Founded in 1874, Royal Quebec Golf Club is one of the oldest in North America – indeed, only Royal Montreal pre-dates it, by less than six months. Club members originally played on an estate owned by Ursuline Nuns at Cove Fields before downsizing in 1916 to a smaller site at Kent House - a property owned by Prince Edward, Duke of Kent in the 1700s - near Montgomery Falls.
The club spent less than a decade here before moving to nearby Boischatel, where Willie Park Jnr, assisted by his brother Mungo, completed the plans for an 18-hole course measuring around 6,500 yards. It’s thought this may have been Park’s very last design as he fell ill shortly after and returned to his native Scotland where he died in 1925, having never seen the finished course here.
Today, members have the use of a 38-hole golf facility comprising the original 18-hole Royal course and another 18-hole layout called the Quebec, which was constructed in two stages, the front nine opening in 1959 and the other holes appearing seven years later. Two additional holes are used to allow members to play a loop of nine that takes them back to the clubhouse after the 7th hole.
Both par threes on the front nine of The Royal are interesting short holes which are threatened by water hazards: the tee shot on the 155-yard 4th has to carry the River Ferrée and there’s a creek to be avoided on the right hand side of the green at the 190-yard 8th. Connoisseurs will also love the 310-yard 16th, a short par four that doglegs right from the tee to a triangular-shaped green that tilts from back to front.
We played Royal Quebec on a Thursday afternoon in June. One of the first things we noticed was there were more women golfers than men. The next thing that struck me was about half of them were left- handed. Collectively, these women hit the snot out of the ball. Someone may be thinking that I am being misogynistic, but I am just reporting my observations. About a third of the way thru the round I thought I figured it out….hockey. it was great to see so many women playing, playing well and walking.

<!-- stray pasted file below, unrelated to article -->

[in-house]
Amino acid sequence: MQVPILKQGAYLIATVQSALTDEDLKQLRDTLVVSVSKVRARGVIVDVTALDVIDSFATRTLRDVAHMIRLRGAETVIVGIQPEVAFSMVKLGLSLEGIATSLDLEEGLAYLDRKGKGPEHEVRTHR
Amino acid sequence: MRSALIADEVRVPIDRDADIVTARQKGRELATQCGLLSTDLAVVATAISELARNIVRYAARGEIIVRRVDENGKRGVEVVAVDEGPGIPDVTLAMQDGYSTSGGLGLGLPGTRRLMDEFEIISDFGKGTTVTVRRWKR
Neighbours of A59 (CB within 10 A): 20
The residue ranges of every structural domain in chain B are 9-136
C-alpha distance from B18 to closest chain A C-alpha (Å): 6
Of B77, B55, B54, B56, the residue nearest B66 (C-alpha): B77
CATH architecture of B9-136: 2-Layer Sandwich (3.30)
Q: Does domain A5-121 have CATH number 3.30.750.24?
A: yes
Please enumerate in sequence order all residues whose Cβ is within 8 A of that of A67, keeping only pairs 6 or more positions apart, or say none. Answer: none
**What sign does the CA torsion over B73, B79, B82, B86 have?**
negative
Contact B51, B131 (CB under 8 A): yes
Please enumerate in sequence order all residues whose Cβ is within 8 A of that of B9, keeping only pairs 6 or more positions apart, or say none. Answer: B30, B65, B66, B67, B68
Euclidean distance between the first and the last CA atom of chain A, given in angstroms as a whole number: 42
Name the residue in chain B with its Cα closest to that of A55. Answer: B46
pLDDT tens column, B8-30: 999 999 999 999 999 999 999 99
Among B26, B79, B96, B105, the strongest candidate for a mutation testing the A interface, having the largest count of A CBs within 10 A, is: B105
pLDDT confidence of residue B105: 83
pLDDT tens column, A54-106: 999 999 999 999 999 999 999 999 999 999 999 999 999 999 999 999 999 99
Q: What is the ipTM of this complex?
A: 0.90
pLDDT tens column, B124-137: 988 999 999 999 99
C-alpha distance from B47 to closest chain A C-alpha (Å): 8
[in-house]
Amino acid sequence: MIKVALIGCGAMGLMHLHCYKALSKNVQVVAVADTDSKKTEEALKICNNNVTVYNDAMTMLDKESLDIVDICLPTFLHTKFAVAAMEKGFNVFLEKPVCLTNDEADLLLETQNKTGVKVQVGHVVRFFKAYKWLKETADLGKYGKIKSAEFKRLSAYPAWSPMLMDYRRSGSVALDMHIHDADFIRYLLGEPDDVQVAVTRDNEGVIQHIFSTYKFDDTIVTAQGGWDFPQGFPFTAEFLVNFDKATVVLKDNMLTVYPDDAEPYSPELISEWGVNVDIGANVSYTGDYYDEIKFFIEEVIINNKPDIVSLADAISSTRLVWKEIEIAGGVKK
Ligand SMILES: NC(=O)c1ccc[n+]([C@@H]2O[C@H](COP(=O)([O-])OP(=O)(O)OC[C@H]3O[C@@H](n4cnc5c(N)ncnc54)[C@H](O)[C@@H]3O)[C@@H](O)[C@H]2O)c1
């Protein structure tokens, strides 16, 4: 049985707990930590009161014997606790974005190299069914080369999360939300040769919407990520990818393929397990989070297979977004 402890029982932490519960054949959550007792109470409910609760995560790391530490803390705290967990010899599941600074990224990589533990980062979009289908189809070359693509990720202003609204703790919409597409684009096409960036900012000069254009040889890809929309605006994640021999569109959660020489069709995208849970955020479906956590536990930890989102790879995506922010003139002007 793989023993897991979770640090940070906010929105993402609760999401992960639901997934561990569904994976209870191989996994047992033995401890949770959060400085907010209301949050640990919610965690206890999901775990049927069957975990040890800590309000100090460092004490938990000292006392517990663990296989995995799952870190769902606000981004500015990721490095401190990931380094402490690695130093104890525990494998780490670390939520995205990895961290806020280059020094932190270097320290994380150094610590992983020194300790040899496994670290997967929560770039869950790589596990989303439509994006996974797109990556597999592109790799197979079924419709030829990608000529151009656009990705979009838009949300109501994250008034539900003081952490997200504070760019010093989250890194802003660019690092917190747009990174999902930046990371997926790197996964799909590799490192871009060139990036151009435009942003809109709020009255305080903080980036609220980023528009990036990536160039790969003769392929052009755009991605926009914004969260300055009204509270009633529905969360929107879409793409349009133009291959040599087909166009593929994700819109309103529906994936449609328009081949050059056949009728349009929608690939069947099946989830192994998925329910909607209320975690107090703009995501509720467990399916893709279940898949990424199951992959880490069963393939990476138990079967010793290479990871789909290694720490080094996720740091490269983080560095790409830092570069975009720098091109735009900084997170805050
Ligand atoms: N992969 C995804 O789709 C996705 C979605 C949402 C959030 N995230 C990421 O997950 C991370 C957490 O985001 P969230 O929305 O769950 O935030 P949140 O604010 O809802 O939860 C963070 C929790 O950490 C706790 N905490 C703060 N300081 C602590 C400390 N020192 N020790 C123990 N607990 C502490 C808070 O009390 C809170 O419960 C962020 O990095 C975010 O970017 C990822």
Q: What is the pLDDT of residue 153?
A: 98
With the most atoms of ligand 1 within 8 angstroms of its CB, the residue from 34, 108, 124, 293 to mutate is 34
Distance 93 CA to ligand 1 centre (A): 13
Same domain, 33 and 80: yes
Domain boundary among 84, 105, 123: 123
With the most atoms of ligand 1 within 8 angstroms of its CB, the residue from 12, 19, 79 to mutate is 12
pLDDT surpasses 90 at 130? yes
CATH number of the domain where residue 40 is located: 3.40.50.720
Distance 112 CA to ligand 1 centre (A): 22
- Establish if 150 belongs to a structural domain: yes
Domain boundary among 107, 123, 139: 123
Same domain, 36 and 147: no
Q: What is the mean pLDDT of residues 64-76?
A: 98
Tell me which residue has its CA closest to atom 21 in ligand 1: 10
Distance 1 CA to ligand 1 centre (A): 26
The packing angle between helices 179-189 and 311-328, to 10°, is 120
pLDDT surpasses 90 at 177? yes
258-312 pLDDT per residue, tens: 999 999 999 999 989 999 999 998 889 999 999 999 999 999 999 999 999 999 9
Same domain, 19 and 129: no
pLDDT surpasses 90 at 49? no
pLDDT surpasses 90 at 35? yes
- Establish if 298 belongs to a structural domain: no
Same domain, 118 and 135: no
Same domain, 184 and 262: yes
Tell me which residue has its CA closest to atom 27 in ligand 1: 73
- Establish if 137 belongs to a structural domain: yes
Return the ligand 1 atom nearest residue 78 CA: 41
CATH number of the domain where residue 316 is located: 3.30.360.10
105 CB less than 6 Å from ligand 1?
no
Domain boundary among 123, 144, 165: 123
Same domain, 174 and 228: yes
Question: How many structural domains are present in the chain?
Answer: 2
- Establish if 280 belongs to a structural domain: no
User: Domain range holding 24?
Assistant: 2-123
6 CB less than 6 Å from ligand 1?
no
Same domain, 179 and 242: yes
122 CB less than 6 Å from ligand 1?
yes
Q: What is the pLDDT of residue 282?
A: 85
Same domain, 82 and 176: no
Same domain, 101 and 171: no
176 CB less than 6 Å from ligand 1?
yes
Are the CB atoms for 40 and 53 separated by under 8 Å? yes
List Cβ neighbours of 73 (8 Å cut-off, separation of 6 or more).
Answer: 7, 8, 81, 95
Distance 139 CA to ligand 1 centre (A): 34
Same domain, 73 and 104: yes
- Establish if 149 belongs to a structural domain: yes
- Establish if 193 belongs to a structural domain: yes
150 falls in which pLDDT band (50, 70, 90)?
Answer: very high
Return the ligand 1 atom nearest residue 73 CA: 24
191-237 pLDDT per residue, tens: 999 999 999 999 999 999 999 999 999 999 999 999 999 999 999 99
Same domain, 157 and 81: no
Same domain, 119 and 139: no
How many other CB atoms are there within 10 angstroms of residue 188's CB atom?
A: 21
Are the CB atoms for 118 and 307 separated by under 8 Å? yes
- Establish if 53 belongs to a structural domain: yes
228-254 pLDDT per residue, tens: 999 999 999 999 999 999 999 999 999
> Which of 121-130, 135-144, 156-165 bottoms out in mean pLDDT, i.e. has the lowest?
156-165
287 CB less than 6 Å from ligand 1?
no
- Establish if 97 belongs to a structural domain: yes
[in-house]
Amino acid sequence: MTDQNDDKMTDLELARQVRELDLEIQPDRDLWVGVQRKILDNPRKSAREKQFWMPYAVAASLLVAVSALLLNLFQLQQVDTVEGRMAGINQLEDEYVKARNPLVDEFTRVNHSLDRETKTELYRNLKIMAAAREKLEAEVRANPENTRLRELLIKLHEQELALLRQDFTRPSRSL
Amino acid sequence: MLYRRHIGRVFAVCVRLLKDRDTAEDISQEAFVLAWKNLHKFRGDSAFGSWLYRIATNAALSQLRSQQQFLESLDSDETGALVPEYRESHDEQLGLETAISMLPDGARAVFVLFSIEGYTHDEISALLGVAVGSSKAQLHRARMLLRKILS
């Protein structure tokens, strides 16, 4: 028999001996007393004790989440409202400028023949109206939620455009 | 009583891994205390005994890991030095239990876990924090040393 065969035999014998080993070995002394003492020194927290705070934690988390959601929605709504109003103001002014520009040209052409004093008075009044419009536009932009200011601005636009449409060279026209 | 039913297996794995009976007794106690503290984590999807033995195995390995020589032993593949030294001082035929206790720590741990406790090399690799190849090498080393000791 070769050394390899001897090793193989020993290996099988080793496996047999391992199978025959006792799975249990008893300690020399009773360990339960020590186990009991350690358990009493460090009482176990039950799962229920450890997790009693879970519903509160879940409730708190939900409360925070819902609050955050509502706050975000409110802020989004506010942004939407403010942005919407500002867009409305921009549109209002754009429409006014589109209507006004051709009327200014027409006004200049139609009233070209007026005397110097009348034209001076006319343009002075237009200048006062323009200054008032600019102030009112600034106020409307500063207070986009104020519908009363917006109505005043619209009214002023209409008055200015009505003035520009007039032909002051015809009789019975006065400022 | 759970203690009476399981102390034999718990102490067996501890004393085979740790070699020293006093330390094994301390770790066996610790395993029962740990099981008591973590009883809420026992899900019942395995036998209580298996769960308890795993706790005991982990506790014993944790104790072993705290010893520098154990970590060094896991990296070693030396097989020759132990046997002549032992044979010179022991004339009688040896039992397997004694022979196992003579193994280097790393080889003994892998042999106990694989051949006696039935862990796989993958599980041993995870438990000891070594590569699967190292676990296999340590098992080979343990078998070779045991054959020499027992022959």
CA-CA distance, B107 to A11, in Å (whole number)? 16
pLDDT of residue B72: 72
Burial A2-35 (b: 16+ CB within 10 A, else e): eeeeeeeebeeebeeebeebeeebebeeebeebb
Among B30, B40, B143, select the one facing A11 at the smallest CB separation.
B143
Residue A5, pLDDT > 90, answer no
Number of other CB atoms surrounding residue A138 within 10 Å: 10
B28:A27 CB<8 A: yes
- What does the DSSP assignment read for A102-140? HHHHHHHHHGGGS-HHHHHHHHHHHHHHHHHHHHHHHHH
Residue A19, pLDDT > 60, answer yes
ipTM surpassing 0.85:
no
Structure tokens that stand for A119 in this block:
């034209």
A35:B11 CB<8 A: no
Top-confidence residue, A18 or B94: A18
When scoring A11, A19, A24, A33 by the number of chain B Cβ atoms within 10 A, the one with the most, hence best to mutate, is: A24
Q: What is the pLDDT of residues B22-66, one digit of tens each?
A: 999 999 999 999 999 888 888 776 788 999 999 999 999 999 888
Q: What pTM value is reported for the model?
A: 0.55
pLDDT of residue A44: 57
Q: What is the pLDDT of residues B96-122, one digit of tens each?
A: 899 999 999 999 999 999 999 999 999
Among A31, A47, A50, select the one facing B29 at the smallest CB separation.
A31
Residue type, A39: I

To the course, the first hole is a welcoming par four. Leans a little right with a fairway bunker right and a greenside bunker left. The 2nd hole is straightaway. However, the fairway runs out about 125 yards from the green as a stream meanders across it. The 3rd is a straightaway birdie oppty. It is the shortest par four on the front, tree-lined, but a decent drive should leave you with an attack wedge. The first par three is the shortest on the course. Most of the trouble is short, a stream and four bunkers. The first par five bends right and the fairway runs out about 225 yards out. The tee shot is over a river and the river then runs down the right side and the hole is tree lined both sides. It is reachable, but it will require two really good shots and the green is surrounded by four bunkers. The 6th bends left, favor right of center off the tee. There are two bunkers right of the green. The 7th is the number one handicap hole. It is just long and tree-lined with two greenside bunkers. The 8th is a long par three with The front ends with a long par four that bends left. There are fairway bunkers on the inside and outside elbow. The green has long bunkers left, right and rear.
The back starts with the longest par three followed by the shortest par five. On the 11th there is a large fairway bunker right and the fairway runs out about 240 yards out, but definitely reachable. The 12th is a long par four with two fairway bunkers left and one right. Favor the right side to set up a long approach. The 13th is the last par three. Mid-yardage with bunkers front right and left. The 14th is a pretty straight par five that can only be reached by the select few. Off the tee aim at the left fairway bunker. Play it as a three shotter and choose your approach yardage. The 15th-17th are your birdie holes. The 15th is short and straight, 16 doglegs right and you can drive thru the fairway and the 17th is pretty straight, aim at the right greenside bunker off the tee. The 18th is the longest par five. Off the tee aim just left of the right fairway bunkers. For your second I would aim just left of the right fairway bunker about 100 yards out to set up an attack wedge.
Good course that I would pay to play again.